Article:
COLOMBO (Reuters) – Sri Lanka’s prime minister has warned of a food shortage as the island nation battles a devastating economic crisis and promised the government would buy enough fertilizer for the next planting season to help increase harvests.
A decision last April by President Gotabaya Rajapaksa to ban all chemical fertilizers has drastically reduced crop yields, and although the government has reversed the ban, no substantial imports have yet taken place.
“Although there may not be time to get fertilizer for this yala (May-August), measures are taken to ensure sufficient stocks for the Maha (September-March),” Prime Minister Ranil Wickremesinghe said in a Twitter post late Thursday.
“I sincerely urge everyone to accept the seriousness of the…situation.”
Rajapaksa on Friday appointed nine new cabinet members, including those from the critical health, trade and tourism ministries. But he has not appointed a finance minister and the portfolio is expected to be retained by Wickremesinghe.
Sri Lanka, which depends on tourism, faces severe shortages of foreign exchange, fuel and medicine, and economic activity has slowed at a frantic pace.
“There is no point in talking about the harshness of life,” said APD Sumanavathi, a 60-year-old woman selling fruits and vegetables in Pettah market in Colombo, the commercial capital. “I can’t predict how things will be in two months. At this rate, we might not even be here.”
Nearby, a long queue had formed outside a shop selling cooking gas cylinders, the prices of which soared to nearly 5,000 rupees ($14) from 2,675 rupees in April.
“Only about 200 bottles were delivered, when there were about 500 people,” said Mohammad Shazly, a part-time driver in the queue for the third day hoping to cook for his family from five persons.
“Without gas, without kerosene, we can’t do anything,” he said. “Last option what? Without food, we will die. It will happen one hundred percent.”
The central bank governor said Thursday that foreign exchange had been secured through a World Bank loan and remittances to pay for fuel and cooking gas shipments, but supplies had yet to arrive. been conveyed.
Inflation could reach a staggering 40% over the next two months, but it was largely driven by supply pressures, and bank and government measures were already dampening inflation on the supply side. request, the governor said.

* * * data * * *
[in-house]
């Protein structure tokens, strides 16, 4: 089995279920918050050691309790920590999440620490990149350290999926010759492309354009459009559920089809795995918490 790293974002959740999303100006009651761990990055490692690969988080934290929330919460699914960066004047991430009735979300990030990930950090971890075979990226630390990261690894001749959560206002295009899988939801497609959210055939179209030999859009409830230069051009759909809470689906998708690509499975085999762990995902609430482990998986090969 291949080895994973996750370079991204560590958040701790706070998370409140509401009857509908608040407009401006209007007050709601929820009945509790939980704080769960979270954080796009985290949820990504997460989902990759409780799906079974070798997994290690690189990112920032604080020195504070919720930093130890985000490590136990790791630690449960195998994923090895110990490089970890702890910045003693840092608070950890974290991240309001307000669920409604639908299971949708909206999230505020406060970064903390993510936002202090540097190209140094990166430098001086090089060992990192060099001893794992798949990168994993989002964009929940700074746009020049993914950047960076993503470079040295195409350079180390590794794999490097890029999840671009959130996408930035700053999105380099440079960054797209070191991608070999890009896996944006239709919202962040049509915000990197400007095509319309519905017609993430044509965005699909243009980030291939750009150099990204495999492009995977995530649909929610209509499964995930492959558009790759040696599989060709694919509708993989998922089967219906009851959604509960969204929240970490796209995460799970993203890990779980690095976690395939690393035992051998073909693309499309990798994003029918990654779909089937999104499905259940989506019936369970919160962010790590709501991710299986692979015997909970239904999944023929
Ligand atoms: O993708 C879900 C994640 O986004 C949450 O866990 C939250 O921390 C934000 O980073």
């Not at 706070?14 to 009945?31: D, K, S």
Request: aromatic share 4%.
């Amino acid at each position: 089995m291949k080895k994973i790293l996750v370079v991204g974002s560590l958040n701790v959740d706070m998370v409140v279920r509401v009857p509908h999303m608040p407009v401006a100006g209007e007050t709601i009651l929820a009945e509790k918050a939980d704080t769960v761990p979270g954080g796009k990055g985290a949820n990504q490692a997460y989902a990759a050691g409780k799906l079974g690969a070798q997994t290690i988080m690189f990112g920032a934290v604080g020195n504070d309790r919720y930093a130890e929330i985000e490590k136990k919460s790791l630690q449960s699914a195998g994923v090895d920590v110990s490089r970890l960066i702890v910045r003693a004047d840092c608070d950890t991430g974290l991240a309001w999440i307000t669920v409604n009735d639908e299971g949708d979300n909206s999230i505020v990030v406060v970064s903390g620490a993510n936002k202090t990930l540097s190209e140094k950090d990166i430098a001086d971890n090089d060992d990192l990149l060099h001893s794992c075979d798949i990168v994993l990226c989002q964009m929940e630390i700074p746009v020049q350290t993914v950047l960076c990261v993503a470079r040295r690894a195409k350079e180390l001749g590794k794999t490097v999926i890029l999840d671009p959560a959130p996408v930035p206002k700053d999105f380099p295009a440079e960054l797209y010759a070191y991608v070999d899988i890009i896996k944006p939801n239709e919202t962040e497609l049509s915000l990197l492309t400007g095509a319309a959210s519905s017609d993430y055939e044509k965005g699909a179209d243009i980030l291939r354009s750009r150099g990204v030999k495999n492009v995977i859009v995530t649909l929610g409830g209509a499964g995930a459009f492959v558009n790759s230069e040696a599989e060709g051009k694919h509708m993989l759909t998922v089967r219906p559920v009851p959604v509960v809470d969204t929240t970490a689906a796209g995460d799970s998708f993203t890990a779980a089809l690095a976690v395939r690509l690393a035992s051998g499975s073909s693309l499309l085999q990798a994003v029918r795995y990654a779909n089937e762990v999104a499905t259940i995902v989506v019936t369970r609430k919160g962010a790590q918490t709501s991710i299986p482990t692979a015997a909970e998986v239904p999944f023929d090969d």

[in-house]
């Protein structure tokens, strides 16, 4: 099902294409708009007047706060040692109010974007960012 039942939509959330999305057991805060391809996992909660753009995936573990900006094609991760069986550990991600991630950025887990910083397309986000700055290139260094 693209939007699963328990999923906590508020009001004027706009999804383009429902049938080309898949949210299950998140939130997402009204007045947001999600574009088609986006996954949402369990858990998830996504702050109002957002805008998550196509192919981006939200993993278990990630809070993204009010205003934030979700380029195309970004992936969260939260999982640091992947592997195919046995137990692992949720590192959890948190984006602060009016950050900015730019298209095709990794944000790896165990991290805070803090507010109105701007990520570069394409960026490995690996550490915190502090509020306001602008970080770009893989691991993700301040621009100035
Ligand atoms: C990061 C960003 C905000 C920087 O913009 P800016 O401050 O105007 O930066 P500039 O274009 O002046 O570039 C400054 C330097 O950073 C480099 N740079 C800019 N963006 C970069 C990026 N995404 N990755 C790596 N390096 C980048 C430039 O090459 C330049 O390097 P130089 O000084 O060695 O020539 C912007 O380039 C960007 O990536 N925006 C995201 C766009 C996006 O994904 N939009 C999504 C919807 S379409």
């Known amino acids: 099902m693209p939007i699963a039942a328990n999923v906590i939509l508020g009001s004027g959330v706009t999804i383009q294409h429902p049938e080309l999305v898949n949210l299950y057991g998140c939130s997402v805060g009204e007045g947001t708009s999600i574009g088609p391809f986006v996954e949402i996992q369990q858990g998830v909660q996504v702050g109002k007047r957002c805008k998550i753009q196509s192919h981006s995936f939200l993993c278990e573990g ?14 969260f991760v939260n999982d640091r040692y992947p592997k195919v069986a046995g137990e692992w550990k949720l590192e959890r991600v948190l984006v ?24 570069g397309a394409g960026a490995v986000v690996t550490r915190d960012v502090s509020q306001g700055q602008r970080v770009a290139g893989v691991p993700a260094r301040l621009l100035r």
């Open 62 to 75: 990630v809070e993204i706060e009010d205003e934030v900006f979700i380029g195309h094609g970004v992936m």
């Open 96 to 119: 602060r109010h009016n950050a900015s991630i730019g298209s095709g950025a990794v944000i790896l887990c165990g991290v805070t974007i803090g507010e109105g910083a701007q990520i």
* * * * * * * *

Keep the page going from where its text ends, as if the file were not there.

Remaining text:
Inflation reached 29.8% in April and food prices rose 46.6% year-on-year.
As anger against the government spreads, police fired tear gas and water cannons to repel hundreds of student protesters in Colombo on Thursday. The demonstrators demand the ousting of the president as well as the prime minister.
The economic crisis was born out of the confluence of the COVID-19 pandemic hitting tourism, rising oil prices and populist tax cuts by the government of President Rajapaksa and his brother Mahinda, who resigned from his post. Prime Minister’s post last week.
Critics accuse Wickremesinghe, appointed Prime Minister in his place, of being a servant of the brothers, an accusation he denies.
Other factors include heavily subsidized domestic fuel prices and the decision to ban imports of chemical fertilizers.
The economic powers of the Group of Seven back efforts to relieve Sri Lanka’s debt, the group’s finance chiefs said on Thursday in a draft statement from a meeting in Germany after Sri Lanka defaulted on its debt. sovereign.
Central bank chief P. Nandalal Weerasinghe said debt restructuring plans were almost finalized and he would submit a proposal to the cabinet soon.
“We are in preemptive default,” he said. “Our position is very clear: as long as there is no debt restructuring, we cannot repay.”
A spokesperson for the International Monetary Fund said it was monitoring developments very closely and that a virtual mission to Sri Lanka was due to conclude technical talks on a possible loan program on May 24.